Techniques for Living with Someone with Alzheimer's Disease

Content provided by the Faculty of the Harvard Medical School
Excerpted from a Harvard Special Health Report


  • Use simple phrasing and short sentences, but be careful to avoid talking to the person as if he or she is a child.

  • To get the person's attention, begin by using his or her name.

  • Be patient. Give someone with Alzheimer's time to complete a sentence or thought, and try not to interrupt.


  • Follow the person's old routines as much as possible.

  • Prepare everything in advance.

  • Lay out towels, soap, shampoo, and clothes. Have the water ready and at the right temperature before bringing him or her into the bathroom.

  • Avoid discussing whether a bath is needed. If the person refuses to get into the tub or shower, be flexible and suggest an alternative. If all else fails, try again later.

  • Be calm, gentle, and reassuring. If the person seems disturbed at this invasion of privacy, cover portions of his or her body with a towel.

  • Encourage him or her to do as much as possible without hands-on help. Talk through each step.

  • Check the skin for rashes and sores. Use powder, cornstarch, or body lotion on dry skin.

  • Safety tips: Use rubber tub mats, tub seats, grab bars, nonslip bathmats, etc. Do not use bath oil or products that make the tub slippery. Put razors and electrical appliances out of reach. Take the lock off bathroom doors.

Dental care

  • Prepare the toothbrush and demonstrate how to brush.

  • If the person will not brush and refuses assistance, try a foam applicator or a cloth moistened with mouthwash.

Dressing and grooming

  • Consider the person's past grooming habits, but keep grooming simple to avoid frustration.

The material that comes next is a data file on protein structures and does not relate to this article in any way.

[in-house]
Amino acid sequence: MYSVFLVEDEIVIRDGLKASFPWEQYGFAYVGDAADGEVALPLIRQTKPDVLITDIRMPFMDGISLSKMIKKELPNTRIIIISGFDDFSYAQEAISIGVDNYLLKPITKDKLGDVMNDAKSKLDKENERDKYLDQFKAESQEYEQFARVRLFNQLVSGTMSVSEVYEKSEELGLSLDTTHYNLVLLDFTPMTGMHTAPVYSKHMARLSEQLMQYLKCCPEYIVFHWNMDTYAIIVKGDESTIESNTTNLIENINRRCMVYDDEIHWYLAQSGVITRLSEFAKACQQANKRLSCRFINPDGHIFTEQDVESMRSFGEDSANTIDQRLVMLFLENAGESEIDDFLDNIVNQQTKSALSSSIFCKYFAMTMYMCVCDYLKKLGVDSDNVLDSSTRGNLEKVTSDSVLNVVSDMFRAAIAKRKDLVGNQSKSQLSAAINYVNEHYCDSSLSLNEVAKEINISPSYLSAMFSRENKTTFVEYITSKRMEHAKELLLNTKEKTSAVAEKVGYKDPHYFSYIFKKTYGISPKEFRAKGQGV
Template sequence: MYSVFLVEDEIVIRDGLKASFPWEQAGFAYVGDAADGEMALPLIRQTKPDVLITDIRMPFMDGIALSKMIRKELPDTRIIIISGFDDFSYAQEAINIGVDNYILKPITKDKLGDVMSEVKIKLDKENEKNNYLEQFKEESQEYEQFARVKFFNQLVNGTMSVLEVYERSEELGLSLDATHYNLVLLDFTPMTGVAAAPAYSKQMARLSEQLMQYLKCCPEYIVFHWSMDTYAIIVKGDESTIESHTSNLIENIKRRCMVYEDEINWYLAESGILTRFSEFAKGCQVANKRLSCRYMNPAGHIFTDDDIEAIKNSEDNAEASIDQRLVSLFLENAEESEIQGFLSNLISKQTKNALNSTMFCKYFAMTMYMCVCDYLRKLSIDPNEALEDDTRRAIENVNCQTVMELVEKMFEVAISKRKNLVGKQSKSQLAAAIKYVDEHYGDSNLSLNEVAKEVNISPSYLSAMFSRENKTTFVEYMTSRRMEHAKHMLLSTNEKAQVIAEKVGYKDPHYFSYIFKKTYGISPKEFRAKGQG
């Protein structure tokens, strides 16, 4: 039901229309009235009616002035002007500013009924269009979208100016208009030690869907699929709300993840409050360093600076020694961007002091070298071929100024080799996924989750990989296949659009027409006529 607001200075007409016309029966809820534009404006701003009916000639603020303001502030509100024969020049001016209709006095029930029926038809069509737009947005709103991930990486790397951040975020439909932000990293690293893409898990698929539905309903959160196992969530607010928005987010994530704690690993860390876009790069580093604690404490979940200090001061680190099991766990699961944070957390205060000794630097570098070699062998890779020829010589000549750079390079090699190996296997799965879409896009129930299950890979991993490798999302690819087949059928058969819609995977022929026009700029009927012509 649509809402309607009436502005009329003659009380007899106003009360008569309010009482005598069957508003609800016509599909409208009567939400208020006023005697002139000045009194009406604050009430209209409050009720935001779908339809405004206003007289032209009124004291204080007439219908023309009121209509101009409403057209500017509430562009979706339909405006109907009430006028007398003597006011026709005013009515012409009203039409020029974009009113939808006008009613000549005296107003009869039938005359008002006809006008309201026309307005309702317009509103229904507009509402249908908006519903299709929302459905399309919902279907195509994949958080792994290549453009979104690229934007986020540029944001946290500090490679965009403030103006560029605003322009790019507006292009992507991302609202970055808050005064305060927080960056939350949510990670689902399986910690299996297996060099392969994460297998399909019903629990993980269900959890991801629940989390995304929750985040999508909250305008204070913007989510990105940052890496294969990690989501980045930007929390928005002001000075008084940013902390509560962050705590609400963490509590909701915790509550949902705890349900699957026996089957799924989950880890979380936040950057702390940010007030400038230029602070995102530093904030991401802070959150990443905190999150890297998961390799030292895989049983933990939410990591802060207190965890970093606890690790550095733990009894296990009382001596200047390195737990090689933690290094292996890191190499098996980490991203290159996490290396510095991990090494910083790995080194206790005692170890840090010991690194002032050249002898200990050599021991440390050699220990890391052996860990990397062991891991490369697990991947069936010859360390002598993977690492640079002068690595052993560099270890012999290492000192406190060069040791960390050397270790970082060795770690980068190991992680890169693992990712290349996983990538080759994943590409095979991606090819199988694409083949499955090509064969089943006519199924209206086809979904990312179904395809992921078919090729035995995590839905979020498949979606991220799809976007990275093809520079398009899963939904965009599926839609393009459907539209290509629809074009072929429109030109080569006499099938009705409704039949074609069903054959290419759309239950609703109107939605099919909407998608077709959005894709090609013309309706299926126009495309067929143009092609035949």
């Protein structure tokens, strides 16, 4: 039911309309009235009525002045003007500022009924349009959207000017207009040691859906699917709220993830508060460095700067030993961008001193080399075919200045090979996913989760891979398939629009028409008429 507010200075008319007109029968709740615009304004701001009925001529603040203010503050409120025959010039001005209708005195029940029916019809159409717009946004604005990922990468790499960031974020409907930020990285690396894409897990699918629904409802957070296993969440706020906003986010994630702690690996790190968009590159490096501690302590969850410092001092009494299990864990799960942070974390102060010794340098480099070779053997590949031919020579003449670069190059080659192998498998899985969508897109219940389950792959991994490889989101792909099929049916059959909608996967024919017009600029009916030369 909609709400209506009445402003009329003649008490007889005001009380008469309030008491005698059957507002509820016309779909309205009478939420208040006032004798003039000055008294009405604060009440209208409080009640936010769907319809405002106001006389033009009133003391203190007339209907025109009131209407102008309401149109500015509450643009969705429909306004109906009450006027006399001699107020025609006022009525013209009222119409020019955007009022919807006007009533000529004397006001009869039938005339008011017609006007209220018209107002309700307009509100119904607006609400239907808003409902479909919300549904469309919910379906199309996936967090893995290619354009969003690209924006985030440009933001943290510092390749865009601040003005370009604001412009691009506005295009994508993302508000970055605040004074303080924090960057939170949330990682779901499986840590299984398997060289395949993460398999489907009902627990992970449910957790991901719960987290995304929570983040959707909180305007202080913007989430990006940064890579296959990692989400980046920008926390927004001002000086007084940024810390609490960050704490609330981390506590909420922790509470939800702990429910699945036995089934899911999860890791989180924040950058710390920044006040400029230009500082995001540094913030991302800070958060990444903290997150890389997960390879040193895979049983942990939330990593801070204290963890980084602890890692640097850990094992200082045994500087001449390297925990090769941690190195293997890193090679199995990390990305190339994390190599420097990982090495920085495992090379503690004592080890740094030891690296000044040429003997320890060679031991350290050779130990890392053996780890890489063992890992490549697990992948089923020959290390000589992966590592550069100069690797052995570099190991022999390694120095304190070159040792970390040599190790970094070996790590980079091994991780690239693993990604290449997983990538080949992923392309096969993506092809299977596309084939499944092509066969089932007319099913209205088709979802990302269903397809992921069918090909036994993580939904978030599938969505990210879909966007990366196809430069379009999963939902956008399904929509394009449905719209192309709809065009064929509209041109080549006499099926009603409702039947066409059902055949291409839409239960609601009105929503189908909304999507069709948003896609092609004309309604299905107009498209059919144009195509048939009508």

• Avoid forcing the person to choose what to wear. Remove clothes that are out of season or seldom worn.

  • Try to establish a routine in which you help the person dress at the same time each day.

  • Select simple clothing the person can manage easily without assistance. Avoid buttons, hooks, snaps, and ties.

  • Lay out clothing in the order that it should be put on.

  • Safety tips: Avoid shoes with slippery soles, pants or dresses that are too long or full, and long or full sleeves that may catch on doorknobs or furniture.


  • Playing with food may be a signal that the person has too many choices. Put one utensil on the table and one food on the plate at a time.

  • Reduce sensory confusion at meals: Make sure the area is well lit. Use a plate color that contrasts with the food. Remove condiments from the table.

  • Eliminate distractions. Make sure the person is comfortably seated and doesn't need to use the bathroom.

  • Cut food into small pieces. If he or she chokes easily, switch to soft foods. Curved spoons, divided plates, and straws can make self-feeding more manageable.

  • Serve foods containing fiber to help prevent constipation.

  • Safety tips: Don't serve food or drink that is too hot. Remind the person to eat slowly and chew each bite thoroughly. If eating nonfood items becomes a problem, keep things like dog biscuits and flower bulbs out of sight.


  • Put a colorful sign or reflective tape on the bathroom door to make it easy to find.

  • Buy slacks and pants with elastic waists, which are easier to manage than snaps and buttons.

  • Keep a diary of when the person urinates and has bowel movements, and remind him or her to use the bathroom at these intervals. Restlessness or agitation may indicate bladder or rectal fullness.

  • Help the person get into a comfortable position on the toilet.

  • If the person has trouble urinating, have him or her blow bubbles through a straw in a glass of water.

  • Restrict fluids two hours before bedtime. A portable commode or urinal bottle at the bedside may be helpful.

  • Use incontinence aids such as disposable briefs, pads to protect furniture, and condom catheters for men.

  • Try to be calm and understanding when accidents occur.

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More than 5.3 million people in the United States are living with Alzheimer's disease, with a new person developing the disease every 70 seconds. Americans ages 65 and older with Alzheimer's and dementia pay three times as much in health care costs.